First of all, I'll state that this is a university assignment so I'm not asking for someone to write the code for me I just need to be pointed in the right direction. :)

Ok, so I need to write an algorithm to solve any (solvable) sudoku board of arbitrary size. I've written a recursive function that can solve any 9x9 board quickly (~1ms) but when I do larger boards (16x16) that are hard to solve it struggles.. I've had one test going for 20 minutes and it can't seem to solve it. It can solve easy 16x16 puzzles or even a blank 16x16 board so I don't think it's the dimensions that are the problem.. it's more likely to be the algorithm that is the problem I think.

Anyway, this is the basic logic of my program..

- I have a 3D vector that stores the possible values of my every square
- When a value is placed in a square then it is removed from the possible values of the surrounding square, row and column that it's in

Then my solve function is basically:

```
bool solve() {
if (there are no unfilled squares)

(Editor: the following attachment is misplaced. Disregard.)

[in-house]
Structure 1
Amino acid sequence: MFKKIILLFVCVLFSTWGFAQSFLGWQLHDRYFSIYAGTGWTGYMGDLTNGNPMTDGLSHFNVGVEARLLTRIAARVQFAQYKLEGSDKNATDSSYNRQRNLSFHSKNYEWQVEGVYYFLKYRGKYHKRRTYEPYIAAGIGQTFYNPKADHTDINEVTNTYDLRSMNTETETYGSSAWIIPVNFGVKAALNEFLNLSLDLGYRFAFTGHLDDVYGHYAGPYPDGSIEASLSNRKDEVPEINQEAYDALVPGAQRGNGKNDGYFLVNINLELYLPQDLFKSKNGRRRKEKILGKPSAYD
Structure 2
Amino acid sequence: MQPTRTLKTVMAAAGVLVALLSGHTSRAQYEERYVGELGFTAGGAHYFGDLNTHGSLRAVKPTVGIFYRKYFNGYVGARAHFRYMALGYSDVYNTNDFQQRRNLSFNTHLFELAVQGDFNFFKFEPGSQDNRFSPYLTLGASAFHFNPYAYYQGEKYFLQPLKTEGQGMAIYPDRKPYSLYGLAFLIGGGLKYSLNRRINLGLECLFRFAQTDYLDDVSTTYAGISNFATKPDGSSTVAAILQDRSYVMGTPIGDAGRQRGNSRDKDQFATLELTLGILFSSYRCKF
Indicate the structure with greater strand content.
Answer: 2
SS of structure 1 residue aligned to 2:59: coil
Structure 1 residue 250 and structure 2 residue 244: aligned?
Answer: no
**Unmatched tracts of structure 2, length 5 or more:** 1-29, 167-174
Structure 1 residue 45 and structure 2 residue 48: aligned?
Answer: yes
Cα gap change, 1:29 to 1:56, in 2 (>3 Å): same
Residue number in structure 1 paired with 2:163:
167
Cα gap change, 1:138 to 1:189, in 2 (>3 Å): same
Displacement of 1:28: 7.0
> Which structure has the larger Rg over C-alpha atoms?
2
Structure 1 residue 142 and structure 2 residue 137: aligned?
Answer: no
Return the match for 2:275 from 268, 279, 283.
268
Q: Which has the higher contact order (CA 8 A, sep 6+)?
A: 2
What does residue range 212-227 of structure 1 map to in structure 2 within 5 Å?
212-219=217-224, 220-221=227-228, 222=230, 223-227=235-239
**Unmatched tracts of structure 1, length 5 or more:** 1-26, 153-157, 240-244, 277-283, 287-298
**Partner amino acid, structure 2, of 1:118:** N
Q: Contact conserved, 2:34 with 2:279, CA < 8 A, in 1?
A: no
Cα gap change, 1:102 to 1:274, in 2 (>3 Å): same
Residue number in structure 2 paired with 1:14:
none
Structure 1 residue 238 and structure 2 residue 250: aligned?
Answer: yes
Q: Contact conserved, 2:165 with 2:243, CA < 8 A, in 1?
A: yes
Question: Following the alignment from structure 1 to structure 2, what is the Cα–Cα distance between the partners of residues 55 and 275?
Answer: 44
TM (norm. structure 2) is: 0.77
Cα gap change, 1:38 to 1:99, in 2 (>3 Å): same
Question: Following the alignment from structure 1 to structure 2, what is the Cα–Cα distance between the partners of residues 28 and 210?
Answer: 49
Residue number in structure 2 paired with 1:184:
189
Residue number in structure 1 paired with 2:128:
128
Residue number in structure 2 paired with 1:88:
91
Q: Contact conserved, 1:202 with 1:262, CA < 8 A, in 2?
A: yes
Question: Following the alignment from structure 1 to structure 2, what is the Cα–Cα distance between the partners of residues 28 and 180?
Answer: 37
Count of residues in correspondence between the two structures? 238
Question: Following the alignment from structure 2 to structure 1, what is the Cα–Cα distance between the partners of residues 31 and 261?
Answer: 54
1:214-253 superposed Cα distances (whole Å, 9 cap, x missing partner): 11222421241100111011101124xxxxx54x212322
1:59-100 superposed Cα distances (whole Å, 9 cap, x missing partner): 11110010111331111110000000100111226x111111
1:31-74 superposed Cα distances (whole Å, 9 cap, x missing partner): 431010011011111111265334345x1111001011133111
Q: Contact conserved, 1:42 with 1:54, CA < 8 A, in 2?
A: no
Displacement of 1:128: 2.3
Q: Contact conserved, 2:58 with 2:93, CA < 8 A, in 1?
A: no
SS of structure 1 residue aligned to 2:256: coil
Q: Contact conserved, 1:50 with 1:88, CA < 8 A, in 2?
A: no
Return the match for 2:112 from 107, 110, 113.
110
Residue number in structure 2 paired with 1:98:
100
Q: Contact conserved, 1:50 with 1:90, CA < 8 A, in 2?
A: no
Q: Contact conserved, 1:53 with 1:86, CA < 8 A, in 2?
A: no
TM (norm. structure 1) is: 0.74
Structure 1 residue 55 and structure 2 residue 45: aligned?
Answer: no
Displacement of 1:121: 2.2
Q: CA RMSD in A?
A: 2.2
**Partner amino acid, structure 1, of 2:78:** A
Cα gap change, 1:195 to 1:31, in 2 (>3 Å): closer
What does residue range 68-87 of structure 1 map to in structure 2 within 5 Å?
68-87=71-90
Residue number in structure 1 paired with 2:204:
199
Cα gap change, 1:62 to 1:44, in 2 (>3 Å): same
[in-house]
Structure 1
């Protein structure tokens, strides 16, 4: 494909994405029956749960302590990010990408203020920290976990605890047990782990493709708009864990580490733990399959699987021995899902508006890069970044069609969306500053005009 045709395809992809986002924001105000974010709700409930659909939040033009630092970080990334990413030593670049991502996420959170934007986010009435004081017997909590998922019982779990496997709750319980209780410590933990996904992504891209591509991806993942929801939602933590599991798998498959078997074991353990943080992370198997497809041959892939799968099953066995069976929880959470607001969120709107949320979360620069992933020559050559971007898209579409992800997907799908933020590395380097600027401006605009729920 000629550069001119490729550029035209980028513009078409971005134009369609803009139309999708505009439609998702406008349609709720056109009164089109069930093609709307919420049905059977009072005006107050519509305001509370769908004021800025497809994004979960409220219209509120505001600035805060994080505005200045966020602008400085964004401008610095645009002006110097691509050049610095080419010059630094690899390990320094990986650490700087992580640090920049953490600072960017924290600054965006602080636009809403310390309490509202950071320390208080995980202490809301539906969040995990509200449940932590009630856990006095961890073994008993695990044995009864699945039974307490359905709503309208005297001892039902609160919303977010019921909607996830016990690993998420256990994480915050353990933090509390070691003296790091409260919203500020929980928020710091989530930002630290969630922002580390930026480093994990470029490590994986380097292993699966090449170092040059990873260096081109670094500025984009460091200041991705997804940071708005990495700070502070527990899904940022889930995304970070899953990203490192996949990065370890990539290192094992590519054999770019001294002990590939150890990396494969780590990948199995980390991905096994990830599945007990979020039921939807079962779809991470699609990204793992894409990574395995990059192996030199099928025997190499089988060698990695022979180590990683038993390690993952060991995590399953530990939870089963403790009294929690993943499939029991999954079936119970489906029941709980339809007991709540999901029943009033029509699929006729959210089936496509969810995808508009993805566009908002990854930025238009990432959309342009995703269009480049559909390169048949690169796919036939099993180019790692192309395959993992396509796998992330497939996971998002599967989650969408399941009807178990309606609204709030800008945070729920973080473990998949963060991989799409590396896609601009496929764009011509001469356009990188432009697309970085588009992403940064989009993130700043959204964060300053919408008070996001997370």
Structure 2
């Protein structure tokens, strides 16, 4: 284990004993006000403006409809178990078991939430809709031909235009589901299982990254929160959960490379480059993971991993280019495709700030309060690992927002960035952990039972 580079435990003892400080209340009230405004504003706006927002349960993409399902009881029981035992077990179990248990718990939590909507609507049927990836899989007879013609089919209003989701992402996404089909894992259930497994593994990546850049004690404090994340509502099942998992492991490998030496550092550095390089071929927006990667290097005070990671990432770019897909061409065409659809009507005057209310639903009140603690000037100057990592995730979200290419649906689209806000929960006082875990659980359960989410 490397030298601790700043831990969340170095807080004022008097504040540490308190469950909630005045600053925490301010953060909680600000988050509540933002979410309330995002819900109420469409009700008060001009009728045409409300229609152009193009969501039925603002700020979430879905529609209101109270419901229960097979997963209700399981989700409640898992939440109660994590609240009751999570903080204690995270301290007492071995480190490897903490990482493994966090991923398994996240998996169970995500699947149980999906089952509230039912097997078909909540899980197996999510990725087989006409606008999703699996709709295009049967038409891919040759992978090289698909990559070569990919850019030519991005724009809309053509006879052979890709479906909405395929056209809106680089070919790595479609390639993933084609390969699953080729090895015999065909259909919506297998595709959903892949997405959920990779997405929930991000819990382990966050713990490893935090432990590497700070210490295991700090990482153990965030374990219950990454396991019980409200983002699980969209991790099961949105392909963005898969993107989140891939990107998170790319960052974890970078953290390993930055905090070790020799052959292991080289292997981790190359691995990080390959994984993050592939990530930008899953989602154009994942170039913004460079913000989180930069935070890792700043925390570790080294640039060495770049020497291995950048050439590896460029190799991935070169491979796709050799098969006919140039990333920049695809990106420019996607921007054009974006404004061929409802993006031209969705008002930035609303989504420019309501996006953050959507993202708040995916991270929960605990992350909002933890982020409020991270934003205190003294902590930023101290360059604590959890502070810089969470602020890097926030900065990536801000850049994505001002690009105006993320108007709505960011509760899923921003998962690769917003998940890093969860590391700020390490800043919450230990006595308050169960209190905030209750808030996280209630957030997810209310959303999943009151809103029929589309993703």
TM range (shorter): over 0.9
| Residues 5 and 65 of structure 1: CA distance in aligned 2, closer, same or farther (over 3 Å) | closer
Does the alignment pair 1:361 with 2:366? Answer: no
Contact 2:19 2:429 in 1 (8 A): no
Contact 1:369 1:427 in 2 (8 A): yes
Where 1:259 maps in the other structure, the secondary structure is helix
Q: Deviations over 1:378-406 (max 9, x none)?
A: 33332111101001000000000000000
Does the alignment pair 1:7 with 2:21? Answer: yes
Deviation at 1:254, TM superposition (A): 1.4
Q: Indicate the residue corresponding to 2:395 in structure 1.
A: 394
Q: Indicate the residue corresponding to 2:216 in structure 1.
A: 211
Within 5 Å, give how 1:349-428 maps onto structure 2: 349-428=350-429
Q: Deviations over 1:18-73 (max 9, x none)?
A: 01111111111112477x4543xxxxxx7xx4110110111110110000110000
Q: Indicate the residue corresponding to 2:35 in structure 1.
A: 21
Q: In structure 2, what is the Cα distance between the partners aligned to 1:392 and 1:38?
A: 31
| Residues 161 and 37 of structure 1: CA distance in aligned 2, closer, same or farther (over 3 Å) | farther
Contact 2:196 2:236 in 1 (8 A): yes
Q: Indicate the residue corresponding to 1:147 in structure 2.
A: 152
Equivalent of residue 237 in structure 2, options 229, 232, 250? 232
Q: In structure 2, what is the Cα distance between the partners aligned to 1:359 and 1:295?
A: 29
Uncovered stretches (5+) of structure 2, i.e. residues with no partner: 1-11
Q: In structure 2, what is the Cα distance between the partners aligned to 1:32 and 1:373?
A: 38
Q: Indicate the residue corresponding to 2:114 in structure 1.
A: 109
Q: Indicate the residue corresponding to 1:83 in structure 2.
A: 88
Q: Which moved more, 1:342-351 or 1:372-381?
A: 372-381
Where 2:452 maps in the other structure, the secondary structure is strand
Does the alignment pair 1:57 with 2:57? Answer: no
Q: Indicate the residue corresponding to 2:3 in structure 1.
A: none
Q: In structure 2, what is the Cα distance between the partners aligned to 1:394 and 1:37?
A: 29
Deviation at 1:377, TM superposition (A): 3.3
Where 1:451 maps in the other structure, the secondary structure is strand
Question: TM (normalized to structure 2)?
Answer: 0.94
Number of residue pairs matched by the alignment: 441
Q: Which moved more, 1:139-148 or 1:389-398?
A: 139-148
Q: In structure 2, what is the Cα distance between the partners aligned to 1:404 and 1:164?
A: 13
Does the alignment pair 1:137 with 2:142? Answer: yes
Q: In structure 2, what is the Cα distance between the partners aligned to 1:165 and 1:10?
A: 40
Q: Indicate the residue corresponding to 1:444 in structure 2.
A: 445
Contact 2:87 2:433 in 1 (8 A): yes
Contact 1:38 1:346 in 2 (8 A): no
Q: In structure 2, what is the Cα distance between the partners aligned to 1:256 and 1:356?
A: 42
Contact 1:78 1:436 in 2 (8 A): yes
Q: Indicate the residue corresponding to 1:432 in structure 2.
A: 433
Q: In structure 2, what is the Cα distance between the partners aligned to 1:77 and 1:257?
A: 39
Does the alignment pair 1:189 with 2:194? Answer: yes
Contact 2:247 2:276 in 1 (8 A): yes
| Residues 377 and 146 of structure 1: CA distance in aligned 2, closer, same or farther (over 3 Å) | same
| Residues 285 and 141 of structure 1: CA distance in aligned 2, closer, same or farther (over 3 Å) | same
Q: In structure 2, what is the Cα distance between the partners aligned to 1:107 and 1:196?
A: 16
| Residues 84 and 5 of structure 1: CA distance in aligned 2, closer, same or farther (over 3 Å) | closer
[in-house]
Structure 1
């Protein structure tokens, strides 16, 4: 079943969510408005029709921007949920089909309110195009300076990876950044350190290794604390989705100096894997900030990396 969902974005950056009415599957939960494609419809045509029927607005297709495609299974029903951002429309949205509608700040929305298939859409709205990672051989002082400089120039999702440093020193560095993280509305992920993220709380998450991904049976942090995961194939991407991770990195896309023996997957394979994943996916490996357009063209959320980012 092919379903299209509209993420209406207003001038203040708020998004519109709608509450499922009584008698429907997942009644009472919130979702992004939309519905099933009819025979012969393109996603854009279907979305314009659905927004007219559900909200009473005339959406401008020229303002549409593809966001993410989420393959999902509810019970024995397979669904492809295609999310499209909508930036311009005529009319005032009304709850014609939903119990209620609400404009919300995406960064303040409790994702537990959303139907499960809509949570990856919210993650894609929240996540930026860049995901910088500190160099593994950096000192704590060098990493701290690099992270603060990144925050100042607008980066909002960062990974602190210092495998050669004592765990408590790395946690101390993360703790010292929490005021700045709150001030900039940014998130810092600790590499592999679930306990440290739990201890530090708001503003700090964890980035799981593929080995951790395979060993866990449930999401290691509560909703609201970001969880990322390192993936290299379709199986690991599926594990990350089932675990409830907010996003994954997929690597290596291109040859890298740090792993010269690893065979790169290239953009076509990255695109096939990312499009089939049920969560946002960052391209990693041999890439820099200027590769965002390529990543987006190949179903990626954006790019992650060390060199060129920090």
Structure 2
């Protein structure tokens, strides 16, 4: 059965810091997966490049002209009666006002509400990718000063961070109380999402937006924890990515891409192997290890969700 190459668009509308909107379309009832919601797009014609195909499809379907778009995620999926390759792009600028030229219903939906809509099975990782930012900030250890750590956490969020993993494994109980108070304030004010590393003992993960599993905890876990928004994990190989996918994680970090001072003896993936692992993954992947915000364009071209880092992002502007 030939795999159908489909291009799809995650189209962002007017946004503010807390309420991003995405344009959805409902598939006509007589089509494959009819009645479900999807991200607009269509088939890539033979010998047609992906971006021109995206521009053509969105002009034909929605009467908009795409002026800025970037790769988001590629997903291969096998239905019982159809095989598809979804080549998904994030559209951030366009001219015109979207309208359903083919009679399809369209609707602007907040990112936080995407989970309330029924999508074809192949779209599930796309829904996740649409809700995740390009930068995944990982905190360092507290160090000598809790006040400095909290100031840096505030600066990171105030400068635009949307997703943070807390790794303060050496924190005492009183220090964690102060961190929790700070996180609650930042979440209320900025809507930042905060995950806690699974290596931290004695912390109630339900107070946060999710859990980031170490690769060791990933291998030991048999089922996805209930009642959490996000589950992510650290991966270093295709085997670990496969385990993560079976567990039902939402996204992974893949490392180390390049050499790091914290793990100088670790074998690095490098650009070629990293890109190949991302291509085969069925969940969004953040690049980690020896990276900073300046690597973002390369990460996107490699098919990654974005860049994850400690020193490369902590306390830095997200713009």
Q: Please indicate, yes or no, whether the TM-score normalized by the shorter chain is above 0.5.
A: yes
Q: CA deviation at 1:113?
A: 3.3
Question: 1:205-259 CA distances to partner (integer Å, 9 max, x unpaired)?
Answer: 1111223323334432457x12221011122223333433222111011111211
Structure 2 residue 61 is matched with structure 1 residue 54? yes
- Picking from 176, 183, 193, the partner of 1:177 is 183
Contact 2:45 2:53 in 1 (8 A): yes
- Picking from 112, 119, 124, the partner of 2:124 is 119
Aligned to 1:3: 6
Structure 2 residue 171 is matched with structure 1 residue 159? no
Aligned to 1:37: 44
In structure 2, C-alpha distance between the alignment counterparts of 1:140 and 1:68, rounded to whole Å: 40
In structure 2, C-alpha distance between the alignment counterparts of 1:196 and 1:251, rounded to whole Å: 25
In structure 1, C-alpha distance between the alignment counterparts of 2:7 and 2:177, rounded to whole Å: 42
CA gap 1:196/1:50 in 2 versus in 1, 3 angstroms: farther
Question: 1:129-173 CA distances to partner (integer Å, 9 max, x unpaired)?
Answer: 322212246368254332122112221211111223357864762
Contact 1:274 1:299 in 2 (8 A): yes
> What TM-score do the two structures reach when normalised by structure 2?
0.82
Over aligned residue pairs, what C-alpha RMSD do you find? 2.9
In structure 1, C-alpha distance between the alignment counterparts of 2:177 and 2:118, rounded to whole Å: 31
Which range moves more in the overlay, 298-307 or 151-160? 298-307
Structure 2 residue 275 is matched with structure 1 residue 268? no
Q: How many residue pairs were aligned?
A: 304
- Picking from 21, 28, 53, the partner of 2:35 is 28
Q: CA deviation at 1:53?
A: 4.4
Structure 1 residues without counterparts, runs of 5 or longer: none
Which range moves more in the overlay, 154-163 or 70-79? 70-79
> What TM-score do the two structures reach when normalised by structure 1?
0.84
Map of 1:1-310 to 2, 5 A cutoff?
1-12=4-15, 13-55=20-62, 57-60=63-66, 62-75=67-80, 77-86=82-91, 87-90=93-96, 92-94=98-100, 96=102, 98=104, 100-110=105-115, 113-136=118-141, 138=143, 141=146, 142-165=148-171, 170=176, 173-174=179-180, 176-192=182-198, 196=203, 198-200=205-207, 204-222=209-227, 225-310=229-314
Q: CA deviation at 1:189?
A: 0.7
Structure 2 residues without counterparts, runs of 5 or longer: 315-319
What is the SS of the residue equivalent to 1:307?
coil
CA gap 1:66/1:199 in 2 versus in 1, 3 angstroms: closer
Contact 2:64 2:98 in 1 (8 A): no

return true
if (the board is unsolvable - there are empty squares that have no possible values)
return false
while (there are empty squares)
{
int squaresFilled = fillSquaresWithOnlyOneChoice(); //this method updates the possible results vector whenever it fills a square
if (squaresFilled == 0)
break;
}
//exhausted all of the 'easy' squares (squares with only one possible choice), need to make a guess
while (there are empty squares that have choices left) {
find the square with the least number of choices
if (the square with the least number of choices has 0 choices)
return false; //not solvable.
remove that choice from the 3D vector (vector that has the choices for each square)
make a copy of the board and the 3D choices vector
fill the square with the choice
if (solve())
return true; //we're done
restore the board and choices vector
//the guess didn't work so keep looping and make a new guess with the restored board and choices -- the choice we just made has been removed though so it won't get made again.
}
return false; //can't go any further
}
```

Is there anything inefficient about this? Is there any way I could get it to work better? I'm guessing that a 16x16 board takes so long is because the decision tree for it is so large for a board that isn't filled in very much. It's weird though, because a 9x9 board will solve really fast.

Any ideas or suggestions would be absolutely awesome. If there's any information I've missed let me know too!